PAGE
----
Wednesday 9 November 2016

RMCG Senior Fellow, Charles Thompson presents his research on water availability and variability in our region.


Water resource, regulation and policy

The most significant challenge facing GMW and our customers are the impacts of climate change and water availability.

The figures cannot be disputed. The delivery network was designed to deliver 2,500 GL of water each year and today at its peak delivers just 1,400 GL. There are further risks from competition for water in new markets and our business is further challenged by our aging infrastructure.  

What sets our region apart is the $2 billion Connections Project that is creating a world-class delivery network in our region. No other region can boast this investment in infrastructure.

Our delivery network is also set up to ensure farmers have the flexibility to manage their needs. Farmers have the ability to buy water from outside the region and use it to grow their world-leading produce.

GMW's challenge is to ensure we have the services and infrastructure to allow our customers to take advantage of this flexibility. To ensure they remain in the region - or come back.

We've prepared a series of papers to provide our customers, stakeholders and communities with as much detail as possible on this important topic.

Project Timeline

KEY

 Planning process kick off

 Stakeholder groups (including Board)

 Public release of findings

 Indicates the Board's role

 Strategy development

 Public consultation

 Input feedback into plan

# Topics may change


Give Us Your Feedback

Thank you for participating. All comments and feedback will help us develop our Strategic Plan.

To get started, we will ask you a few questions to find out a little bit more about you and your involvement in this project.

Submit Feedback

Workshop Dates

Diversions West

Monday 14 November 10.30 - 2.30 pm

Gravity West

Tuesday 16 November 10.30 - 2.30 pm

Gravity East

Wednesday 16 November 10.30 - 2.30 pm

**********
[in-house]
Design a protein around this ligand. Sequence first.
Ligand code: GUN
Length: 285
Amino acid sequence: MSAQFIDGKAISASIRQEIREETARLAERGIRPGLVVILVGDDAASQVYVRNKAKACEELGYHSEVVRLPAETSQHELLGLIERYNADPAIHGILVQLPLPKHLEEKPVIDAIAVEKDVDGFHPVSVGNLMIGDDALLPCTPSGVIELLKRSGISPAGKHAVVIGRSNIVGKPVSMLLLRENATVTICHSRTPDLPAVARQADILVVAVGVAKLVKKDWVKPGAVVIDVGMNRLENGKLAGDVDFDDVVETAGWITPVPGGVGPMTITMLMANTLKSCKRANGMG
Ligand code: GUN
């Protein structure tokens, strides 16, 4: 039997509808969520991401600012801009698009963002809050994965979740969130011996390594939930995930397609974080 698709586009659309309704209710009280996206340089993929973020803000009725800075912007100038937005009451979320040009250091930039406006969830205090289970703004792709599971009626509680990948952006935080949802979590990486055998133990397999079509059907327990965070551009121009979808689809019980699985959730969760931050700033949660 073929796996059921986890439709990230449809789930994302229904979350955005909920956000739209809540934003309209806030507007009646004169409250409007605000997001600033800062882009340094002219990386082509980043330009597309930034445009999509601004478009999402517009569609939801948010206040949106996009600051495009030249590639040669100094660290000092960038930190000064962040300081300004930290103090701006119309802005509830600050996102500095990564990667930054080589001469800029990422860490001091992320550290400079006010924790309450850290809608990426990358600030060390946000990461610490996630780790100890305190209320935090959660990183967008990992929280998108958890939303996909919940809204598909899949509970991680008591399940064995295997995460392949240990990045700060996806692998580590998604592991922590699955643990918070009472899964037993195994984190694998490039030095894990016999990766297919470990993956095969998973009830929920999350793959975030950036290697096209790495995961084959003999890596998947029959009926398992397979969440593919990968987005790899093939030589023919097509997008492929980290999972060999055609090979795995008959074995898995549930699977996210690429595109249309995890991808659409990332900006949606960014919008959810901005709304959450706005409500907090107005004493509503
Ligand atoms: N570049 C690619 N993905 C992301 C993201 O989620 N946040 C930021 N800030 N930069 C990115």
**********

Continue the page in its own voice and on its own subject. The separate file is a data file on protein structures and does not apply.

Diversions East

Thursday 17 November 10.30 - 2.30 pm

Strategic Advisory Committee

Tuesday 22 November 10.30 - 2.30 pm

The workshops listed above are closed sessions. However the same information is available on this webpage for you to review. You can provide your comments, ideas or feedback to your Water Services Committee representative or submit your feedback directly.

 

Discussion Question

What are your ideas for water availability and security in the region?

Or provide short feedback on a topic of your choice. Your email address will not be published.

Comments

There are 2 comments for .
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Tuesday 6 December, 2016
by Wagina
The cat is out of the bag and it has turned into a lion that is tearing the very fabric of the irrigation communities apart with the concent of our governments state and federal. GMW is the government's courier.
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Thursday 8 December, 2016
by Peter Watkins
My belief is that to drive down our cost over the long term and to better service the customer by ensuring asset availability we need to move to a more strategic model of maintaining our assets.
Current GMW state is that we are 90% reactive with industry knowing that reactive maintenance is averaged at 1.5 times more costly than planned maintenance and potentially unsafe because of the emergency nature of the work.

The implementation of a preventive maintenance program can be time consuming and costly. This creates constant debate as to whether a preventive maintenance program is worth installing. Will all the man hours and money invested in the program outweigh emergency repairs?
Some work has been done in this space but we could ramp up the program by taking a deliberate rather than ad-hoc approach, this would entail reviewing our assets for criticality and current maintenance cost profile and prioritize where to start. Workshops would need to occur to design asset preventive maintenance programs specific to asset type. These programs would need to be entered into our system, work planned and scheduled and then finally we would need to measure to determine if we are on the right track.
Plan, Do , Check , Act

Important benefits of a properly operated preventive maintenance program:

◾Asset downtime is decreased and the number of major repairs are reduced
◾Better conservation of assets and increased life expectancy of assets, thereby eliminating premature replacement of assets
◾Reduced overtime costs and more economical use of maintenance workers due to working on a scheduled basis instead of a crash basis to repair asset failure
◾Timely, routine repairs circumvent fewer large-scale repairs
◾Improved safety and quality conditions for everyone




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